Objectives: To examine resident performance on the Mimic dV-Trainer (MdVT; Mimic Technologies, Inc., Seattle, WA) for correlation with resident trainee level (postgraduate year [PGY]), console experience (CE), and simulator exposure in their training program to assess for internal bias with the simulator.
Design: Residents from programs of the Southeastern Section of the American Urologic Association participated. Each resident was scored on 4 simulator tasks (peg board, camera targeting, energy dissection [ED], and needle targeting) with 3 different outcomes (final score, economy of motion score, and time to complete exercise) measured for each task. These scores were evaluated for association with PGY, CE, and simulator exposure.
Setting: Robotic skills training laboratory.
Participants: A total of 27 residents from 14 programs of the Southeastern Section of the American Urologic Association participated.
Results: Time to complete the ED exercise was significantly shorter for residents who had logged live robotic console compared with those who had not (p = 0.003). There were no other associations with live robotic console time that approached significance (all p ≥ 0.21). The only measure that was significantly associated with PGY was time to complete ED exercise (p = 0.009). No associations with previous utilization of a robotic simulator in the resident's home training program were statistically significant.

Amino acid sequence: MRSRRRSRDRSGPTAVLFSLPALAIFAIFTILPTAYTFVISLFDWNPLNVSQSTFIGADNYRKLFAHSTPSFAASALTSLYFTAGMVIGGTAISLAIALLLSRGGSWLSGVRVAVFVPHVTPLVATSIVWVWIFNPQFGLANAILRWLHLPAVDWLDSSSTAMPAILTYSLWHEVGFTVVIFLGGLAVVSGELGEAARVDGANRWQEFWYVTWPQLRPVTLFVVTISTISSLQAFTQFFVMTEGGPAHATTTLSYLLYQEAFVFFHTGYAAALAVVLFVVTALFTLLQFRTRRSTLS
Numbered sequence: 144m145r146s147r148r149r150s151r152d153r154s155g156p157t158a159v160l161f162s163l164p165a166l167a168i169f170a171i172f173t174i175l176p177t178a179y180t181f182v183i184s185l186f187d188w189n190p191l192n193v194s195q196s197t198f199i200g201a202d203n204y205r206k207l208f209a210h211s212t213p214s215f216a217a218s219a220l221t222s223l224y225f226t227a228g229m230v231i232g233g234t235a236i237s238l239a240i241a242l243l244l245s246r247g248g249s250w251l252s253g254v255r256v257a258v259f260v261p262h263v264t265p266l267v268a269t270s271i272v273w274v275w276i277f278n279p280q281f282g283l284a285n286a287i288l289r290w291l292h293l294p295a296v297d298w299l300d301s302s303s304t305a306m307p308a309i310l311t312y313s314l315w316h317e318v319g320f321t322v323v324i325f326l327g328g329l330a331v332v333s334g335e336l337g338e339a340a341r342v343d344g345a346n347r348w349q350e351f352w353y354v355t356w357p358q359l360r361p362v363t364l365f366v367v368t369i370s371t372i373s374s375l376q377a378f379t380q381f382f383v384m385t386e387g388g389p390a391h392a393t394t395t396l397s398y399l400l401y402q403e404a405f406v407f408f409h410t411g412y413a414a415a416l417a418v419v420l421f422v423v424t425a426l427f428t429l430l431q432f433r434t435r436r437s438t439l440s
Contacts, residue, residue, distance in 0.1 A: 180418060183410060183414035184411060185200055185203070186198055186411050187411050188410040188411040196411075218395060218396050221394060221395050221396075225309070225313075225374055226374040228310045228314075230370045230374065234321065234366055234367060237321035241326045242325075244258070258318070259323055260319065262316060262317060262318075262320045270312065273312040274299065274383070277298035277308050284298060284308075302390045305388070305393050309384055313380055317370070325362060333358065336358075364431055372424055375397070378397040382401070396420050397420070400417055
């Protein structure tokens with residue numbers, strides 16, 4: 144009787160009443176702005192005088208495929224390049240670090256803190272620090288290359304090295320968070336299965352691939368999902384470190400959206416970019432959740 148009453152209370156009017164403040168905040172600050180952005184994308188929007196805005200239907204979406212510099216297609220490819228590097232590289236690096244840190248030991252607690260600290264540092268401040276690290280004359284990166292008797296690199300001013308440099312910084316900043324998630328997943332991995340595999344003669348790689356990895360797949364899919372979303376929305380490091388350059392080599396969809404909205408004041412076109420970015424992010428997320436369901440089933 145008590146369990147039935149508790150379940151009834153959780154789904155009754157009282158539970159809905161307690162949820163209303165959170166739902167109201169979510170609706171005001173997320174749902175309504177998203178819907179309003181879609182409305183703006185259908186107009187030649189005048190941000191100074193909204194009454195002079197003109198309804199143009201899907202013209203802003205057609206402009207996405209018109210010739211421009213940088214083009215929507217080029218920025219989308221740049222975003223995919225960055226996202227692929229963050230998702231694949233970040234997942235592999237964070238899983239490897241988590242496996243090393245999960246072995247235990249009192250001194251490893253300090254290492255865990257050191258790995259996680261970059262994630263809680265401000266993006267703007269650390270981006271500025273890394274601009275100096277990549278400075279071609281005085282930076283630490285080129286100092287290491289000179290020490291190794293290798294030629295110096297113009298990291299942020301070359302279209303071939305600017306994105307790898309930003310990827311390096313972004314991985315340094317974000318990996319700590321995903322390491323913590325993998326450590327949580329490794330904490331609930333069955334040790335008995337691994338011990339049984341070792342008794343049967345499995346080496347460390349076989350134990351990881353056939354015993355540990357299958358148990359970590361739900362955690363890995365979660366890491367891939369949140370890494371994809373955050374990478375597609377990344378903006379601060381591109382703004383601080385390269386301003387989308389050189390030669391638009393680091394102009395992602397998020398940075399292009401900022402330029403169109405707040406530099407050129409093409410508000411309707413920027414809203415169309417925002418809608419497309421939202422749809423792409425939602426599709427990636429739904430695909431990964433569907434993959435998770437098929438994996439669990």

Conclusions: The ED exercise on the MdVT is most associated with CE and PGY compared with other exercises. Exposure of trainees to the MdVT in training programs does not appear to alter performance scores compared with trainees who do not have the simulator.
Keywords: Medical Knowledge; Professionalism; resident training; robotic prostatectomy; robotic surgery; robotic training; simulation.
© 2013 Published by Association of Program Directors in Surgery on behalf of Association of Program Directors in Surgery.